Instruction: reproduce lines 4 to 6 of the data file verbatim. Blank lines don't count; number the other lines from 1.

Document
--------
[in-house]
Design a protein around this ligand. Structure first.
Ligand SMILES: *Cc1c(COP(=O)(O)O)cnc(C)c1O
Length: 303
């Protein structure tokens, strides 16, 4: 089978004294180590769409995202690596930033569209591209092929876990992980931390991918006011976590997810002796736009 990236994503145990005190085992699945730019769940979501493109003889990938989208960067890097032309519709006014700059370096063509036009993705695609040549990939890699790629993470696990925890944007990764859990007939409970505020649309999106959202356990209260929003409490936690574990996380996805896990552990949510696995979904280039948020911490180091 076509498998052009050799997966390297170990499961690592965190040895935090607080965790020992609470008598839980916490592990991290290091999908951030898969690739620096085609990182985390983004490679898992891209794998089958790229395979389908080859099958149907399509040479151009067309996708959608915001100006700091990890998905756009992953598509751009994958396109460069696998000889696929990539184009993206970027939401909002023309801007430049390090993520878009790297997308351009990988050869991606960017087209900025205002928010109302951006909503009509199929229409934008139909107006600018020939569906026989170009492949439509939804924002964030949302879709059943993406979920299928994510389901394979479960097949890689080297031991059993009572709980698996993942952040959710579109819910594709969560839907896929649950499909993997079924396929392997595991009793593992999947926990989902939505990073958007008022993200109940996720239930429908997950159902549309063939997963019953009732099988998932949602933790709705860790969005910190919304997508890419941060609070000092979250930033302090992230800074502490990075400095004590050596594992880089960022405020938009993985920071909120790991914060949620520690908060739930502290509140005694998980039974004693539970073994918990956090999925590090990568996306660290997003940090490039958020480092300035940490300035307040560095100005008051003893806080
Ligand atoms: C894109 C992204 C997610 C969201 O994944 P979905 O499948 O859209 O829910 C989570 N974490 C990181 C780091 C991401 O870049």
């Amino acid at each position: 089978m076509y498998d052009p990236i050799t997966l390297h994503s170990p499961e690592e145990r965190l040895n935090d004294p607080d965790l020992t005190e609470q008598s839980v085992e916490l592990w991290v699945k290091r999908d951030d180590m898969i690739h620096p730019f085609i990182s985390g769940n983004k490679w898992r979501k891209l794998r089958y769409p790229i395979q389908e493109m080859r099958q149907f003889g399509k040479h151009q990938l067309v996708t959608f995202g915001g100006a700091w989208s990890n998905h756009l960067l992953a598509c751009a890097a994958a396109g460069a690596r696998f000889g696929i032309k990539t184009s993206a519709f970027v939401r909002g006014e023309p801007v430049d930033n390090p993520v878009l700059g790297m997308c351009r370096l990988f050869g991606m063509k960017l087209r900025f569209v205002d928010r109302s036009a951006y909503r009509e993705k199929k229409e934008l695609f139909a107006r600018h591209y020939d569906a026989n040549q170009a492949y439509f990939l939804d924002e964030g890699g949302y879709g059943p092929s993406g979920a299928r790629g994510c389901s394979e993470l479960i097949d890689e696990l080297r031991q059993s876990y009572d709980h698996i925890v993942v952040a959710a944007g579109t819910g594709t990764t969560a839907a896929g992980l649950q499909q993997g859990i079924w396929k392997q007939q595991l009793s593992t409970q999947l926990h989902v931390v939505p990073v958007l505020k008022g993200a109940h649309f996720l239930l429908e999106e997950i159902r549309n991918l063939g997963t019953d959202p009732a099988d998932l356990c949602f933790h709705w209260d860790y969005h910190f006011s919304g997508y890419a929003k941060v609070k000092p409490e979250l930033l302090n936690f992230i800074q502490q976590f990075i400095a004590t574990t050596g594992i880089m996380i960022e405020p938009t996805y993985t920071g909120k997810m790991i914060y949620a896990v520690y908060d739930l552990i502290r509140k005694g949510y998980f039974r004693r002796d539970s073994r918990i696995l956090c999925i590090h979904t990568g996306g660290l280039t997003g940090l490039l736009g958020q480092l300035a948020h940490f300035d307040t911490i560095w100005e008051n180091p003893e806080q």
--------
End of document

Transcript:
Length: 303
């Protein structure tokens, strides 16, 4: 089978004294180590769409995202690596930033569209591209092929876990992980931390991918006011976590997810002796736009 990236994503145990005190085992699945730019769940979501493109003889990938989208960067890097032309519709006014700059370096063509036009993705695609040549990939890699790629993470696990925890944007990764859990007939409970505020649309999106959202356990209260929003409490936690574990996380996805896990552990949510696995979904280039948020911490180091 076509498998052009050799997966390297170990499961690592965190040895935090607080965790020992609470008598839980916490592990991290290091999908951030898969690739620096085609990182985390983004490679898992891209794998089958790229395979389908080859099958149907399509040479151009067309996708959608915001100006700091990890998905756009992953598509751009994958396109460069696998000889696929990539184009993206970027939401909002023309801007430049390090993520878009790297997308351009990988050869991606960017087209900025205002928010109302951006909503009509199929229409934008139909107006600018020939569906026989170009492949439509939804924002964030949302879709059943993406979920299928994510389901394979479960097949890689080297031991059993009572709980698996993942952040959710579109819910594709969560839907896929649950499909993997079924396929392997595991009793593992999947926990989902939505990073958007008022993200109940996720239930429908997950159902549309063939997963019953009732099988998932949602933790709705860790969005910190919304997508890419941060609070000092979250930033302090992230800074502490990075400095004590050596594992880089960022405020938009993985920071909120790991914060949620520690908060739930502290509140005694998980039974004693539970073994918990956090999925590090990568996306660290997003940090490039958020480092300035940490300035307040560095100005008051003893806080
Ligand atoms: C894109 C992204 C997610 C969201 O994944 P979905 O499948 O859209 O829910 C989570 N974490 C990181 C780091 C991401 O870049």